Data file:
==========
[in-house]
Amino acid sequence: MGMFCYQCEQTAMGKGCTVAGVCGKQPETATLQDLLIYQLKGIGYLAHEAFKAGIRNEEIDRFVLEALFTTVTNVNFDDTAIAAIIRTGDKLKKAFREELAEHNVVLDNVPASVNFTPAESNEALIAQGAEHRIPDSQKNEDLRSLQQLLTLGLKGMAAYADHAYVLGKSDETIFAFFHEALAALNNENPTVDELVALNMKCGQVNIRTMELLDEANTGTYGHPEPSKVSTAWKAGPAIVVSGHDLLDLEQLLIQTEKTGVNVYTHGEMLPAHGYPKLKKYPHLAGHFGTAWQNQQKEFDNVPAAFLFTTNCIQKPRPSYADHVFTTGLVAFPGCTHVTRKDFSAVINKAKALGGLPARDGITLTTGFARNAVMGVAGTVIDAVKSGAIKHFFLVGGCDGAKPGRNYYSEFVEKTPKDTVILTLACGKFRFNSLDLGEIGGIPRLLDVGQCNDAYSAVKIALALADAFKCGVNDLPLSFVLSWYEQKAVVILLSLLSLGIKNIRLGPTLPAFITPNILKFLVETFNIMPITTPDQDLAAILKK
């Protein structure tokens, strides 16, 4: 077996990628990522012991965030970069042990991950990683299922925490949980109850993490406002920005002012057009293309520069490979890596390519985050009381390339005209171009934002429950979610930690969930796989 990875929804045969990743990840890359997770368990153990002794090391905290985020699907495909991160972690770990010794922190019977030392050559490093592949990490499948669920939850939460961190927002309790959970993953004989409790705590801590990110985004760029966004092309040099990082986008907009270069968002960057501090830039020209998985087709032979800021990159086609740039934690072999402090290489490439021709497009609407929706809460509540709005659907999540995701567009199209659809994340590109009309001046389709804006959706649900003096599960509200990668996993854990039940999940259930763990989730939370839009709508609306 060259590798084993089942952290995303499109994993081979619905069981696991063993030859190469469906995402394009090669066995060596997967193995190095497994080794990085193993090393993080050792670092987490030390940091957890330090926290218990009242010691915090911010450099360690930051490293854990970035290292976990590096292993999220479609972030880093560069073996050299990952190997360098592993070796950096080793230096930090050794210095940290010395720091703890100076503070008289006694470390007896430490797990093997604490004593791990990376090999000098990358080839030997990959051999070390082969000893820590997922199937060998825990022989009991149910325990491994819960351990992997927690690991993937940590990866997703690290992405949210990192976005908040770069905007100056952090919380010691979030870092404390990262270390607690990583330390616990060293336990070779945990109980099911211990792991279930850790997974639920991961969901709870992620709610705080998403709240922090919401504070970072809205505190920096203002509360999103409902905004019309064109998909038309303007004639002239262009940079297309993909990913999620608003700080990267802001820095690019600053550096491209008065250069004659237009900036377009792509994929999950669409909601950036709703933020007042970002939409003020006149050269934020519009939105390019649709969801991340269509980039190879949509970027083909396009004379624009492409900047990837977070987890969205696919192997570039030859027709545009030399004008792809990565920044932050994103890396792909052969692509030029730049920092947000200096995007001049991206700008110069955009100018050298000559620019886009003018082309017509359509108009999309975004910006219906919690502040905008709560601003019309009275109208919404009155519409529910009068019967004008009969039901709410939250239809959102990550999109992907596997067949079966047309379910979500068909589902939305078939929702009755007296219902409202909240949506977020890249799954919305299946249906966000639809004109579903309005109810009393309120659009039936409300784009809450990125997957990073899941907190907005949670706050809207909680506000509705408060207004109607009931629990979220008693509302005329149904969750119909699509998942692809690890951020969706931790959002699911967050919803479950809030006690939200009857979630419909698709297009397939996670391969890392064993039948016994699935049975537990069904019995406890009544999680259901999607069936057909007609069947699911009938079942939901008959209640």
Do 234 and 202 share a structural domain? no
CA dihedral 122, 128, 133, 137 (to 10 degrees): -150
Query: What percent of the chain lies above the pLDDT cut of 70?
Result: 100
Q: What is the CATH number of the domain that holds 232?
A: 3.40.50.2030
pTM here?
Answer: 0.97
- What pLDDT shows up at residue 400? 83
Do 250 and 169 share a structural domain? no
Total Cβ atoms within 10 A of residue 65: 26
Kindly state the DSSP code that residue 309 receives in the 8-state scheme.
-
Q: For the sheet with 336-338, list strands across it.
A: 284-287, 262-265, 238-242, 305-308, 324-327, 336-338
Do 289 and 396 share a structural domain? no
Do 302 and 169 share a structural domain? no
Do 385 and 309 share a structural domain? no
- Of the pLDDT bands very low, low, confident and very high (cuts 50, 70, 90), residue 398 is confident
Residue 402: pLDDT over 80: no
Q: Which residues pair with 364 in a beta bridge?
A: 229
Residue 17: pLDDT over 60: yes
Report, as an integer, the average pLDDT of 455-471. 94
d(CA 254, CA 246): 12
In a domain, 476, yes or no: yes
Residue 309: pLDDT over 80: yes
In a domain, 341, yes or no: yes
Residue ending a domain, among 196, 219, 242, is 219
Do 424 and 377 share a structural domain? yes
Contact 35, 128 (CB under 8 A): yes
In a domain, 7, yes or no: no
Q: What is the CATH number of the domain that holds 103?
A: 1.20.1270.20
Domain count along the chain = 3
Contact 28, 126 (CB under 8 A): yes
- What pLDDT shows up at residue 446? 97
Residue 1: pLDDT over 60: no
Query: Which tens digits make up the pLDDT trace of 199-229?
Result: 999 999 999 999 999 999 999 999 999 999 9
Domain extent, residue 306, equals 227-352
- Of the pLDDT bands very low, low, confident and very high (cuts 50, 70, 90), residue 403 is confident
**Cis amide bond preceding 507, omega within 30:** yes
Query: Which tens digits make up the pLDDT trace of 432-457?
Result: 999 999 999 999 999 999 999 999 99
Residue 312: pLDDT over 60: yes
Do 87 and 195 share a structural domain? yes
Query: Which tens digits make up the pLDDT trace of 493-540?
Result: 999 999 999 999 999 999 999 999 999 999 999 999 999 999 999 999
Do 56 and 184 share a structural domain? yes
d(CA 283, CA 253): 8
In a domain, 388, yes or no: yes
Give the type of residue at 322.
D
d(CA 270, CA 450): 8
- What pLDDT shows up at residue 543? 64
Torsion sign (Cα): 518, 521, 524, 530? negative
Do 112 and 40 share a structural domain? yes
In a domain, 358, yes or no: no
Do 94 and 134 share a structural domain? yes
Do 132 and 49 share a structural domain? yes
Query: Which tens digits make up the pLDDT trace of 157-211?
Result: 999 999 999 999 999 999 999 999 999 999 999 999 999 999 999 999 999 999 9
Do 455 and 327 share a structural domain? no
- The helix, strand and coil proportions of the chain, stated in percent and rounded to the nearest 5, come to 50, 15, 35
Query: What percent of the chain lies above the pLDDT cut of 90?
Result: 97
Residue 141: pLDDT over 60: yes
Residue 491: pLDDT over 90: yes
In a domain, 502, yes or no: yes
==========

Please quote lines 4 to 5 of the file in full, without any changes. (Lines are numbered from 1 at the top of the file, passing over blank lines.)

Do 234 and 202 share a structural domain? no
CA dihedral 122, 128, 133, 137 (to 10 degrees): -150